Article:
As I got older and more trustworthy, those kitchen-lurking moments transformed into kitchen-helping moments, which turned into part-time sous chef responsibilities. By the time I was coming home from college for major holidays, I was a partner in the Thanksgiving/Christmas (standard mac and cheese days) meal-making business. I snapped many a green bean, boiled hamhocks, mixed salty rubs to smoosh over gorgeous, bloody cuts of prime rib. I did it all — except the mac and cheese. I’d shred some cheddar if asked, maybe pour the roux over the pasta if I was feeling myself, but the mystery of the mac was something I only trusted in my mother’s chosen hands.


    My time came three or four Thanksgivings ago; the memory is traumatizing and therefore hazy. Mom and I had planned a menu out, but the chaos of the day-of kitchen duties landed me with the task of making the mac and cheese by myself. The recipe book could not have been more clear — shredded cheddar, both sharp and mild — but I cut corners and chopped a block of cheddar into cubes. We had gouda in the fridge, and I added some of that in as well. The butter in the bottom of the pot nearly burned while I struggled to crack open the two necessary cans of condensed milk, and the result was ... really crappy mac and cheese.

    My mac and cheese looked like it wanted to speak to your manager. It had just ordered a gender reveal cake with "Touchdowns or Tutus?" spelled out in frosting.

    The cubes were too big to melt completely and the gouda made everything dry. A cross-section revealed chunks of unmelted cheddar floating amongst the pasta like baby carrots suspended in some horrible old-timey gelatin mold. Everyone was painfully nice about it, even my dad who subsists on mac and cheese leftovers for a solid week every time we have it, but I could see the disappointment in my family’s eyes and on their forks.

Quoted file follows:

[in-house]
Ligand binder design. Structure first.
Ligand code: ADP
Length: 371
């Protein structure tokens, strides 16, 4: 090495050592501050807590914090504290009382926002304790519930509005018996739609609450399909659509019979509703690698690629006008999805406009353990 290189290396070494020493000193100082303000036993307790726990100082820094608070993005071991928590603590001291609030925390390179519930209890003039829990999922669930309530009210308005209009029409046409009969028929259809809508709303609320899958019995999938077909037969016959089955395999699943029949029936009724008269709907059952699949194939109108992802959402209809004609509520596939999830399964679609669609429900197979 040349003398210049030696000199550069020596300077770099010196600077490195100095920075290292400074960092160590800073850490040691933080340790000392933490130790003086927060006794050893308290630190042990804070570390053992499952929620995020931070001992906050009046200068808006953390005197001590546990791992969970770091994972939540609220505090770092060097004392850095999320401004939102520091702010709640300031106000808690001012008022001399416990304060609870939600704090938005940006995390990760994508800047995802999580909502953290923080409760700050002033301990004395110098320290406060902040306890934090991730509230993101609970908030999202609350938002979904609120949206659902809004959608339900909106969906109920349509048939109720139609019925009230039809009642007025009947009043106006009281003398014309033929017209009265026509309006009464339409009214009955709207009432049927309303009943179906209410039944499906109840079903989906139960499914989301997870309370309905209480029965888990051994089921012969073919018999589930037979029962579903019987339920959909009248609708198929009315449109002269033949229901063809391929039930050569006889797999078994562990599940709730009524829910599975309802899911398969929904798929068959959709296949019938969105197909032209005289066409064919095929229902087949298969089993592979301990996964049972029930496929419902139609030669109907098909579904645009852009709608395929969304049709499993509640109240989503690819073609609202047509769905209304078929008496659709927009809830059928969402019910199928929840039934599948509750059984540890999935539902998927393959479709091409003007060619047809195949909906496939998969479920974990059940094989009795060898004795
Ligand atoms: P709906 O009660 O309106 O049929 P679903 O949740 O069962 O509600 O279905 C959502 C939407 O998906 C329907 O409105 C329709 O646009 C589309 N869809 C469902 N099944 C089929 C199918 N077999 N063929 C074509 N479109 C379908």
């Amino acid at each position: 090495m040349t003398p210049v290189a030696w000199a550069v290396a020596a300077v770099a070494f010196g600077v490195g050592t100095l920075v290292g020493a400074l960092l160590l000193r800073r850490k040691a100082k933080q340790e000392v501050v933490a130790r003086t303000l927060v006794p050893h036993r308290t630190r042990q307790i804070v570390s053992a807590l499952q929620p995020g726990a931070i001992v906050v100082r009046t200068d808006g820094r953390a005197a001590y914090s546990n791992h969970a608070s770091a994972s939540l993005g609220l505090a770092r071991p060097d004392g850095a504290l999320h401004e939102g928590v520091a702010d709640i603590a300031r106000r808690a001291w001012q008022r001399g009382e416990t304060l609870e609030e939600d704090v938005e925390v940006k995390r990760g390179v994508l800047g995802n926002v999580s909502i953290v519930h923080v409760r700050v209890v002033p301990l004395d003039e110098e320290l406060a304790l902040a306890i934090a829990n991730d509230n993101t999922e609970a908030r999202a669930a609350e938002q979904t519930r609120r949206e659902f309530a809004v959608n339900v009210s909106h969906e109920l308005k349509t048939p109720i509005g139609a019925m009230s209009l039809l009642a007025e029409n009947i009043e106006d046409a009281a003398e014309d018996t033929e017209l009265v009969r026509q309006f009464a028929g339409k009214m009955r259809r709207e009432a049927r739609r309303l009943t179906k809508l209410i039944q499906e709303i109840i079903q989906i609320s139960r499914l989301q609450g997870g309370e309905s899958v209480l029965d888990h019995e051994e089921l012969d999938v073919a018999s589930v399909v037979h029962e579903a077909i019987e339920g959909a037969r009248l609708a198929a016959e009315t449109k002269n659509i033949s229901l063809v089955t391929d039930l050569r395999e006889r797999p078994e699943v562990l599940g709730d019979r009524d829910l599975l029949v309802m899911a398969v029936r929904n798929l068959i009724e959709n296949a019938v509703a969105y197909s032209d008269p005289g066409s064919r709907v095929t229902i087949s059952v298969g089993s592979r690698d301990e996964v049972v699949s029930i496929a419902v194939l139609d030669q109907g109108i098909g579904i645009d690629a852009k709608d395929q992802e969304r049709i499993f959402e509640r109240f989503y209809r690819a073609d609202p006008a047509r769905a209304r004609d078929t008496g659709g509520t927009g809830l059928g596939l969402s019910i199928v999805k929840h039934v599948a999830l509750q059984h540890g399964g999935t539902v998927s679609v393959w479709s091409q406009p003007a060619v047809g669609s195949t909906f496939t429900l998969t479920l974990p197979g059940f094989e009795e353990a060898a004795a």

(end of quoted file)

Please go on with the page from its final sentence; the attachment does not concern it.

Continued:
I imagined a picture of my mac and cheese somehow making it onto the internet, where Black Twitter would be right to roast me over my dumpster fire of an attempt. “This is why you ask who made the mac and cheese before you put some on your plate,” one tweet might read, or maybe “which white woman did this I just wanna talk.” My mac and cheese looked like it wanted to speak to your manager. It had just ordered a gender reveal cake with "Touchdowns or Tutus?" spelled out in frosting. I had failed my heritage, failed the yellow page, and failed my mom’s tradition of Keeping the Mac.

    It was another few years before I trusted myself to try again, or maybe I selfishly wanted a couple more Thanksgivings with guaranteed perfect macaroni and cheese before I stepped up. I regressed, mac and cheese–wise, shirking my inevitable duty in favor of remaining that child for whom the mac appeared as if by magic. Nobody can stay a child forever though, and somebody has to keep the mac. Last year, I tried again.

    And I messed it right up. I misjudged when to put the flour in and wound up with a goopy pancake flopping around the bottom of the pot. Was I upset? Absolutely. Did I panic? Hell yeah. But my mother, who had been watching my second attempt, remained calm.

    By the same magic that produced the completed mac and cheese every year of my life, my mom revealed backup bags of shredded cheddar and two more cans of condensed milk. She took the flour back out of the pantry and helped me strain my milky pancake out into the garbage. “Put the heat lower,” the Keeper of the Mac advised her reluctant apprentice, “and stir while you pour the flour in. You’ll get it.”


    Reader, I got it. The roux was smooth and when I stirred it into the pasta it squelched. My breadcrumb cover was even and the paprika sprinkle on top straight up belonged in the MoMa. When this macaroni and cheese came out of the oven it smelled right, the way it did when I was little, and it scooped out all creamy like Mom’s, and like Grandma’s. I’m for sure making it again this year (with my mom keeping an eye on me, just in case), and will continue to make it in years to come. My family’s mac and cheese will live on, with me as its Keeper.

  • Pornhub traffic doubled in D.C. on Election Day

    Pornhub traffic doubled in D.C. on Election Day

    The 2022 midterm elections proved that the youth vote is strong — and that polling measures are, maybe, not. Now that Election Day has passed, there's one metric yet to explore: Pornhub views, of course.